NIOSH Suggests Approaches on Shiftwork to Reduce Worker Fatigue, Stress
Contact: Fred Blosser (202) 260-8519
November 4, 1997
Ways of administering or coping with shiftwork are suggested in a new publication from the National Institute for Occupational Safety and Health (NIOSH) to decrease the health and safety problems associated with working evening, night, or rotating hours.
About 15.5 million people in the U.S. work such shifts, according to the publication, Plain Language About Shiftwork. These schedules may disrupt the body’s internal circadian rhythm and result in sleep loss. Being overly tired can make it difficult to concentrate, increasing the possibility of error or job-related injury. Digestive problems, heart problems, and stresses from interference with family and social life also have been shown to be associated with shiftwork.
“Working non-traditional shifts is a common and often necessary part of many jobs, but businesses and individuals can take many practical steps to reduce the detrimental effects of shiftwork on worker safety and health,” said NIOSH Director Linda Rosenstock, M.D., M.P.H.
The publication suggests a wide range of strategies that employers and workers can adopt to ease the burdens associated with shiftwork. For example:
- As appropriate, employers might consider changes in shiftwork schedules — such as considering alternatives to permanent night shifts, avoiding quick shift changes, and adjusting shift length to the workload. Whether a particular change is useful depends on the specific work situation. When changing employees’ work schedules, all aspects of the worker’s job and home life should be considered, the publication suggests.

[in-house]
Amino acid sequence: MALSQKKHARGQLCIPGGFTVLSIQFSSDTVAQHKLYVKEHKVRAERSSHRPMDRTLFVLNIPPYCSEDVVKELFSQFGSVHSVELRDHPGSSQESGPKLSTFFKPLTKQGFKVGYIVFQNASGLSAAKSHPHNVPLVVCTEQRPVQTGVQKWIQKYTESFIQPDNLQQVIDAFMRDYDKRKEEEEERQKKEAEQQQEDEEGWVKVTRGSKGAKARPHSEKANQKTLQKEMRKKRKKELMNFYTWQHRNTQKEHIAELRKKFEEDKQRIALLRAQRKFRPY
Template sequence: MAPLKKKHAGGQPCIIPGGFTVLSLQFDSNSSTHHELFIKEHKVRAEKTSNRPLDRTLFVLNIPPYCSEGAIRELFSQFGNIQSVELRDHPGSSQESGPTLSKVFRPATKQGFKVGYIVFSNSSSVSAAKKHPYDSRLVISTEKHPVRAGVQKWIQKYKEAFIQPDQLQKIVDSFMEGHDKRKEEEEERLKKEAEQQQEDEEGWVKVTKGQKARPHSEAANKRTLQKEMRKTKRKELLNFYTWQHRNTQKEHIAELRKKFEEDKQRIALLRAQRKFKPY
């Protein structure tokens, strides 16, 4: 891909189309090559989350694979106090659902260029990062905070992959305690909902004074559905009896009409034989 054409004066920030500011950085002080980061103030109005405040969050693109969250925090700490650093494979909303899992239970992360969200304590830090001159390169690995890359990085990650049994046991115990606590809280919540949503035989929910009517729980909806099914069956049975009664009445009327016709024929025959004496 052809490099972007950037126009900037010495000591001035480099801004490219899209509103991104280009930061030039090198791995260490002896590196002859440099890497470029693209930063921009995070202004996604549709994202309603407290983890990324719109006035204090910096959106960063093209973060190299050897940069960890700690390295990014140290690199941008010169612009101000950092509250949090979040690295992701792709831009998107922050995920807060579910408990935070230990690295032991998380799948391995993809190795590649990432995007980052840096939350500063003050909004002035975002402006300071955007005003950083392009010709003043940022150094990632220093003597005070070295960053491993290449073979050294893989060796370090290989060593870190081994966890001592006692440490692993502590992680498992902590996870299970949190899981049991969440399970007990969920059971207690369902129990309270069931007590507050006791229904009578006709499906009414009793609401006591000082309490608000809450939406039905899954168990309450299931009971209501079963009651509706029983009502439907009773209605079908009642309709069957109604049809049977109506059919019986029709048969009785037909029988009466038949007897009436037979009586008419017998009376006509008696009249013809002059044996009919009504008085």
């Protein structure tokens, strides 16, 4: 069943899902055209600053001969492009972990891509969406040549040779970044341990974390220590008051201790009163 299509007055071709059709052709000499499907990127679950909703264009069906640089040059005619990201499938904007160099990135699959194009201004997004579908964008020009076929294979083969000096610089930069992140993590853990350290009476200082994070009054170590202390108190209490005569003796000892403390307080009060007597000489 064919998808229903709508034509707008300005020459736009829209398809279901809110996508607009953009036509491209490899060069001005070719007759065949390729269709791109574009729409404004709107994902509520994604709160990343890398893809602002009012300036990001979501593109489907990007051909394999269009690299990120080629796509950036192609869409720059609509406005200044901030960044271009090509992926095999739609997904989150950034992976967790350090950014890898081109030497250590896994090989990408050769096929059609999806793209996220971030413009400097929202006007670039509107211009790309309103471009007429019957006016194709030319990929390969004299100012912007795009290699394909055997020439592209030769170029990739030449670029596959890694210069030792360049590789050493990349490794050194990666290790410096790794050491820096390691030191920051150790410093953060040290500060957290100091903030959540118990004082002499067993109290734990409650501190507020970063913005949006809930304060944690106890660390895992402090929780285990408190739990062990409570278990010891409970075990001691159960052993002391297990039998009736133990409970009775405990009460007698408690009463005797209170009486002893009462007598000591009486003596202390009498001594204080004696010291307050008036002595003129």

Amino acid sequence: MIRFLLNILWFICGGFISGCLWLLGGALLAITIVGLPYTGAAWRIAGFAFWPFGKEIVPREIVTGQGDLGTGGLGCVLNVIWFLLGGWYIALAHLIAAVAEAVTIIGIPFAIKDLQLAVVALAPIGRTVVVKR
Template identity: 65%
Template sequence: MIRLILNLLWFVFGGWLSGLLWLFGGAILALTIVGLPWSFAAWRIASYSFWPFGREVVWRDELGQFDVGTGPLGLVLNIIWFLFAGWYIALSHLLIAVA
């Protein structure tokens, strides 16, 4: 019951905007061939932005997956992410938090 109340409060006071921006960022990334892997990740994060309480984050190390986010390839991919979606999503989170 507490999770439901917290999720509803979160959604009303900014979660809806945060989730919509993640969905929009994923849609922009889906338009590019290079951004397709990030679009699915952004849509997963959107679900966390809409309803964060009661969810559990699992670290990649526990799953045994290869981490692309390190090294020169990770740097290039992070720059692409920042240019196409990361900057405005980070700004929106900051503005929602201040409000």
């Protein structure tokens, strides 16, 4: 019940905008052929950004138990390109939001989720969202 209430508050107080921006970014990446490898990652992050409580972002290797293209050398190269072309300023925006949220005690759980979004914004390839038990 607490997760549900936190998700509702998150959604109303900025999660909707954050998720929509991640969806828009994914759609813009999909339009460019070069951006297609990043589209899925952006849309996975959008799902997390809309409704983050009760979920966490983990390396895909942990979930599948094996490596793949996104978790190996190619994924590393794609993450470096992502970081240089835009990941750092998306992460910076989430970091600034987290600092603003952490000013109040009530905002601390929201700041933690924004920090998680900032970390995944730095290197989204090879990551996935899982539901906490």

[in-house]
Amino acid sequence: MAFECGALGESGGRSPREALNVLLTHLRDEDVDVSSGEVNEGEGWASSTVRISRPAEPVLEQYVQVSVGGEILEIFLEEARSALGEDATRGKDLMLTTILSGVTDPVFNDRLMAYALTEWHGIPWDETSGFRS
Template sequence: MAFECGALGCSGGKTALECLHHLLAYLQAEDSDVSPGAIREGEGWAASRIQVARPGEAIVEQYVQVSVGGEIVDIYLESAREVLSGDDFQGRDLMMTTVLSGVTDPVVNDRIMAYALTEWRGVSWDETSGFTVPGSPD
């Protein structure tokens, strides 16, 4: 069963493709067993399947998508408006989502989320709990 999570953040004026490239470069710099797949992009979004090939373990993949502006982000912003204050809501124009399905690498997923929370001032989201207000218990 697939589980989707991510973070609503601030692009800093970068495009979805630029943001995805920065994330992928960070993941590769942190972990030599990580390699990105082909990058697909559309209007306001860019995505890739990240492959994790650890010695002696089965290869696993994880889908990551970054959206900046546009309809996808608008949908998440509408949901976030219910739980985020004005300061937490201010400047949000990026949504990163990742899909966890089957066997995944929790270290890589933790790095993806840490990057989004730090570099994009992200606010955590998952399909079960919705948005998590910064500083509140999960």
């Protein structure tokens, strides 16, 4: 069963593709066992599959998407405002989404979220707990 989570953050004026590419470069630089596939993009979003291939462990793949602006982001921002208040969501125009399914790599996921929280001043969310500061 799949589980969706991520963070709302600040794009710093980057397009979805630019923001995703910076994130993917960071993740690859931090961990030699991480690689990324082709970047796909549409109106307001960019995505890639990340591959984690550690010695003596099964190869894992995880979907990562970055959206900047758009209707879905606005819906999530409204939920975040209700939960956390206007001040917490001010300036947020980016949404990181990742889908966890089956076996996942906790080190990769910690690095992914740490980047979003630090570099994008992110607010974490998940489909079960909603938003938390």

- Other potentially useful steps include scheduling heavy or demanding work at times when workers are most alert or at peak performance, providing training or awareness programs for new shiftworkers and their families, and ensuring that health care and counseling services are available to employees who work non-traditional schedules.
- Employees may consider various ways for coping with shiftwork, such as increasing their awareness of the need to get good sleep, establishing the sleep routine that works best for the individual, and looking at the utility of exercise, diet, and relaxation techniques for helping resist stress.
Bright lights also might be used to adjust the body’s circadian rhythm and change the times of an individual’s peak alertness, but this strategy takes expert planning and may not be practical for some shift workers. Melatonin has received attention as a sleep aid, but research is insufficient at this time to recommend melatonin as a regular aid for shift workers, the publication also finds.
NIOSH is the only federal agency mandated to conduct occupational safety and health research and training. Headquartered in Washington, D.C., it is part of the Centers for Disease Control and Prevention in the U.S. Department of Health and Human Services.
Copies of Plain Language About Shiftwork, NIOSH (DHHS) Publication No. 97-145, are available at no charge by calling the toll-free NIOSH information number, 1-800-35-NIOSH (1-800-356-4674). For other information about NIOSH research, call the toll-free number.